4 years ago I would never have expected I’d become a mother. At 39 years old I was career driven having built a successful media company from scratch, living the epicurean dream in Melbourne, Australia and travelling the world in any spare time work allowed. I was living big. I’m not sure when the idea crossed my mind about sponsoring a child but I thought it would be the right thing to do for me personally with the view that if I don’t have children that it would be a positive experience to help a child especially one in a less fortunate country. I chose Nepal.
Nepal had always been on my radar not only for it’s adventure and immense mountains that called to the explorer in me but for its spiritual power. Surrounded in ancient mystery and tradition it was one country that I longed to visit.
Choosing to sponsor a child was easy but choosing the child wasn’t. Scrolling through the profiles online I looked at the sea of faces. How does one choose? My thoughts centred around providing preschool education and healthcare so I narrowed the age group to 3-5 year olds hoping an early intervention in a young child’s life would be perhaps more beneficial now than later. Rajkisor caught my attention with his big brown eyes, they pierced deep into my psyche. He beckoned me to respond and within moments I had signed up. $40 per month would cover his education and healthcare. I recall thinking that’s really not very much.
A few weeks after my sponsorship pack arrived in the mail with a photo and further information about where he lived and his community. For the first few years I did little other than send the occasional letter and gift and enjoyed reading his responses when they arrived in the mail. He’d often send me a drawing or finger painting. It wasn’t until I had my own son that the relationship changed and I began to research his community and think about his life; what must it be like for a child living in a rural community in a developing country?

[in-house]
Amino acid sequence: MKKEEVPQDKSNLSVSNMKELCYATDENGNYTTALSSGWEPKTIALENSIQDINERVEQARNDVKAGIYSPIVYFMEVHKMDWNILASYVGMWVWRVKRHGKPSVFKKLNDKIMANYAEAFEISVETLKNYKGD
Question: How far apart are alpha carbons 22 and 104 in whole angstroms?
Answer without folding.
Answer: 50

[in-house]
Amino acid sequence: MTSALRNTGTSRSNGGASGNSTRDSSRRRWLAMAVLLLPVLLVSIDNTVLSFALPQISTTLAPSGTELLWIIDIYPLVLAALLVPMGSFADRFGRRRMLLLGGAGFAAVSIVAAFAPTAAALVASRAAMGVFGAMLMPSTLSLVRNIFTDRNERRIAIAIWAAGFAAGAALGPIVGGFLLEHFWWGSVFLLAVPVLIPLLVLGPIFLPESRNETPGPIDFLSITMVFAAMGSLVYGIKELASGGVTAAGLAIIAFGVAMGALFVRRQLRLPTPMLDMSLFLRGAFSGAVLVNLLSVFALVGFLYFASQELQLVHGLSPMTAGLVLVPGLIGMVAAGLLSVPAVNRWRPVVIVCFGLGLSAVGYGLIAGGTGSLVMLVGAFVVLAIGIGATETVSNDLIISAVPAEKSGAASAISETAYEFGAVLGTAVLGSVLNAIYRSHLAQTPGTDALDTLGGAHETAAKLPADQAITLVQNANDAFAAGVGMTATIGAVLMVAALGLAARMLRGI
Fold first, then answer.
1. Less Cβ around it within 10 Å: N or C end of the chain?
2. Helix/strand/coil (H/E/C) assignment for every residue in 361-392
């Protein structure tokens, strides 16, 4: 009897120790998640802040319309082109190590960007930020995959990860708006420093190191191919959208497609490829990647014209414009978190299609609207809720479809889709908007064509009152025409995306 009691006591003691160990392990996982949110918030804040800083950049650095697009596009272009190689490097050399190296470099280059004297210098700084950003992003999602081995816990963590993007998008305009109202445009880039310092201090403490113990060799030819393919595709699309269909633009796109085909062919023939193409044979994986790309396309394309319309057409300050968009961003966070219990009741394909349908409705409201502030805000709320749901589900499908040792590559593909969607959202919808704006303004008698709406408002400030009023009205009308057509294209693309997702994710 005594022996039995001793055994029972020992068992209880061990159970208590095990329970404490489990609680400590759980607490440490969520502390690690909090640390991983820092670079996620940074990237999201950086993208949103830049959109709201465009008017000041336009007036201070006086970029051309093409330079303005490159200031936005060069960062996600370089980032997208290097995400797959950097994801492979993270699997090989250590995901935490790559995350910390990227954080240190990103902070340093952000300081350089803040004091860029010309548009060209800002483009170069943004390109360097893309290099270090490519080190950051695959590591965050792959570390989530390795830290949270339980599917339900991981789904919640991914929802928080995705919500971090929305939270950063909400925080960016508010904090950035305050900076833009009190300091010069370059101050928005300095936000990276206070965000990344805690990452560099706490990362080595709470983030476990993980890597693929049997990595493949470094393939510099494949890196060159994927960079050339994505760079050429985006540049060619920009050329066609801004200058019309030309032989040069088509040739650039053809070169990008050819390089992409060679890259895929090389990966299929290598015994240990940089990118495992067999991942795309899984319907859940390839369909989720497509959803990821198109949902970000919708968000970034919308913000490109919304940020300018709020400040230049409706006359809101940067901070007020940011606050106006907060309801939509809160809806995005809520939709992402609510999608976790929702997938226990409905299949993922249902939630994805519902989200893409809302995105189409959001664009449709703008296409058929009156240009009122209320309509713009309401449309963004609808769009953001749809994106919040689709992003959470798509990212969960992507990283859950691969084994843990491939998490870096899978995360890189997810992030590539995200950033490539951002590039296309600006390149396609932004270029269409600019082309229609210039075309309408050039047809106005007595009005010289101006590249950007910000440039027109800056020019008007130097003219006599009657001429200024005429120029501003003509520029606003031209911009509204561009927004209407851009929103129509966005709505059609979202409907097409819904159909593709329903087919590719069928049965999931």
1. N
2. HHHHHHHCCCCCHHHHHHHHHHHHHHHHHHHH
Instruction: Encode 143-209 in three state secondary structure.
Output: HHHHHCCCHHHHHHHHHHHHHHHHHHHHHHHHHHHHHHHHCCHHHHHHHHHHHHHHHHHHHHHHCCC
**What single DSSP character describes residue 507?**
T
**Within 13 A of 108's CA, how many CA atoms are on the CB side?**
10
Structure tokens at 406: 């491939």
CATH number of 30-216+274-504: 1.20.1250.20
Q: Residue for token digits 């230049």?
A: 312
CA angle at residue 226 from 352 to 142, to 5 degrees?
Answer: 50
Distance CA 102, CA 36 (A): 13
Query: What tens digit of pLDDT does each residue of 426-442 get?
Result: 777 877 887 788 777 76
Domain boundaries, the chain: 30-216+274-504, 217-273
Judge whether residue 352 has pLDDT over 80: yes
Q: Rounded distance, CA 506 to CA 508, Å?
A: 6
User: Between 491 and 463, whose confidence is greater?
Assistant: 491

I hadn’t told anyone about my sponsorship of Rajkisor. My partner who later became my husband collected the mail and found a letter one afternoon from Save the Children. Thinking it was advertising material he commented that it would be a good idea to sponsor a child one day. Opening the letter I handed him the updated photo of my sponsor child and he beamed ear to ear! “You didn’t tell me about this,” he commented. “What a great idea!” He wanted to know everything about how the program worked and I was surprised at his deep interest. “We should sponsor more children,” he said, astounded at how little it cost per month to provide an education and healthcare.
Not long after we became pregnant and my world changed. I often thought how privileged my son was compared to Rajkisor and if or how I could help close that gap. Our life in comparison was one of excess thinking nothing of going out for dinner and spending the equivalent of 6 months child sponsorship in one meal. How unfair the world was with privilege bestowed on children only by their country of birth. I made a promise I would do more for my sponsor child and his family but I still now always feel like it is never enough. Of course it isn’t. And I feel a deep sense of guilt that I’m not providing more support.
Rajkisor is 8 now and I’ve been sponsoring him for almost 5 years. He recently wrote me a letter that his dream job is to become a doctor. My guilt was eased slightly reading that perhaps the small contribution I am making to provide him with an education may just be enough to change his life